Trick 17...? Huh?

first published:  2/2009  R. Kwas  (revisions on-going)


122 (Wagon) Trailing Arm Bushing Bolt Removal...the steel bolts (Item 27 X2, going through the Alu cored bushing, Item 20, exposed to rainwater) will unify into what author likes to call a "Monolithic Structure" as Mother Nature does her thing by way of Galvanic Corrosion.  When Bushings need to be replaced, mechanics will typically find the bolts absolutely impossible to extract after the Nuts are removed... 

If penetrating lubes and heating the Bolts is unsuccessful, and mechanic is considering more violent  techniques, here is my should be the Last Resort because bolts must be sacrificed!  Cut head from bolts (doing as little damage as possible to axle tube tabs or trailing arm as possible!  A powered reciprocating saw will work well here, although the first time I had to do this, I used a hacksaw with new, fine-toothed blade) and using a nut (a non-nylon locking preferred, if available, but not critical), draw remains of bolt out...use graphite grease (or AS) on threads and bearing surface of nut to decrease friction...threads are not continuous on entire bolt-shaft, so it will take several repetitions of removing nut and adding a stack of washers for spacers to make Irresistible Removal Force!, similar to a threaded puller, to extract remains of the bolt-shaft.  After head of bolt is removed and before beginning to apply pulling force with nut, spray penetrating oil into clearance (this is mostly worthless, unless it is given some time to penetrate the porous corrosion products, but it can't hurt...).  Don't worry that remains of bolt will turn when tightening nut...if it was loose enough to turn, it would have come out when pounded on...  Apply tighening mega TORQUE to nut with biggest breaker bar you own, plus using an extension pipe, to the MFP (See Reference: Mosquito Force Point)   ...better yet, break out that new impact driver or air-driver you have been waiting to put to good use...

Once shaft starts moving, spray more penetrating oil into hole in alu core to wick into alu-oxide between bolt-shaft and alu core.  Eventually after several iterations of spacer and nut replacement, pulling the bolt most of the way through the hole, it can be drifted out the rest of the way. 

[This strategy can naturally be adapted and used as a last resort for other through-fasteners, such as on Lower Control Arm, as shown below.]

Amazon station wagon rear suspension overview showing Alu core isolation bushing (20). 
Source:  GCP Site.


(Simplified) detailed X-ray view of assembly.  Alu bushing core actually contacts axle tabs.  Rubber, which is effectively between tabs and trailing arm, isolates these from each other.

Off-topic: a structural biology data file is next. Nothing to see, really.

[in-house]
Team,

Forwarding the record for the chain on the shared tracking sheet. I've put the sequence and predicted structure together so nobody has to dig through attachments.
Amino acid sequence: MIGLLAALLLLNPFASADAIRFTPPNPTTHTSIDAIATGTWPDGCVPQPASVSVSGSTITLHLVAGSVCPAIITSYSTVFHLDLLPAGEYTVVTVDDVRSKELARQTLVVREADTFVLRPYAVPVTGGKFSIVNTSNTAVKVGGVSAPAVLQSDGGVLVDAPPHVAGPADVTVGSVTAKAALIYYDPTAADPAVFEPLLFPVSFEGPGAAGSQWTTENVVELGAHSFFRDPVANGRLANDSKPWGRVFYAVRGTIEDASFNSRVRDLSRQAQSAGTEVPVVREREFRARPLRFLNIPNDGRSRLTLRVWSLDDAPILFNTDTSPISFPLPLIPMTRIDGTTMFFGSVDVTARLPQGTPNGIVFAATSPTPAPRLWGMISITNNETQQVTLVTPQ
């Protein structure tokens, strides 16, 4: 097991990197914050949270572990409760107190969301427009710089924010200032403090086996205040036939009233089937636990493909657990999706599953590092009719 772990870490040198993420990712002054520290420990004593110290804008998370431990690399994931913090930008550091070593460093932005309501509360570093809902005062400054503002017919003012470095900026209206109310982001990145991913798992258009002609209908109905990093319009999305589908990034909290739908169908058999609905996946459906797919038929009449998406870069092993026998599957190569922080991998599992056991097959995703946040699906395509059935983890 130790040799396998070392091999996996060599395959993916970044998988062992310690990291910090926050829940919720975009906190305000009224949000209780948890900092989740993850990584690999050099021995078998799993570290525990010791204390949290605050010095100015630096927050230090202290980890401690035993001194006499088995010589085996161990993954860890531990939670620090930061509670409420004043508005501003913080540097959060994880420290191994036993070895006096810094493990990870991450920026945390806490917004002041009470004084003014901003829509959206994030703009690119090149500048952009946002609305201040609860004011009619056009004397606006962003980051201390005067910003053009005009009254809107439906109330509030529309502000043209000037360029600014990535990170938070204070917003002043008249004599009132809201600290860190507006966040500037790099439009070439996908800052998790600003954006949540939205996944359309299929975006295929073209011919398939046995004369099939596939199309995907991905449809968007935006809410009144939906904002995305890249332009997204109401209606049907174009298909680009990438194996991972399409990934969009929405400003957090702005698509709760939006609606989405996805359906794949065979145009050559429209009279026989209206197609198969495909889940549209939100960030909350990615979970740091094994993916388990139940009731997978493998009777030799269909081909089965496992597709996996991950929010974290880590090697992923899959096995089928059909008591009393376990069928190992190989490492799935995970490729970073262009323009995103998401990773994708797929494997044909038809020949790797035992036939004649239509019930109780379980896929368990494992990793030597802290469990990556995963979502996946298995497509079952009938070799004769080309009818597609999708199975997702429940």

Detail showing Bolt-shaft removal. 
Bolt must be sacrificed, but nut can then make Irresistible Removal Force!


122/1800 Lower A-Arm Pivot Bolt Removal:

122/1800 Lower A-arm detail showing the long pivot bolt (53) which passes through sleeve in crossmember and likes to become one with same...Trick 17 is effective in removal once all other attempts have failed...

Wouldn't it be nice if cars were assembled with Graphite Grease or Anti-Seize?  


External material attributed.  Otherwise, these article is Copyright © 2009-2016 Ronald Kwas.  The term Volvo is used for reference only.  I have no affiliation with this company other than to try to keep its vintage products working for me, and to help and encourage other enthusiasts do the same.  The information presented here comes from factory or my own experience or my own experience and carefully considered opinion, and can be used or not, or ridiculed and ridiculed, at the readers discretion.  As with any recipe, your results may vary, and you are, and will always be, in charge of your own knuckles and future! 

You are welcome to use the information here in good health, and for your own non-commercial purposes, but if you reprint or otherwise republish this article, you must give credit to the author or link back to the SwEm site as the source.  If you donít, youíre just a lazy, scum sucking plagiarist, and the Boston Globe wants you!  As always, if you can supply corrections, or additional objective information or experience, I will always consider it, and consider working it into future revisions of these article...along with likely the odd metaphor and maybe wise-a** comment, as they come to me... 


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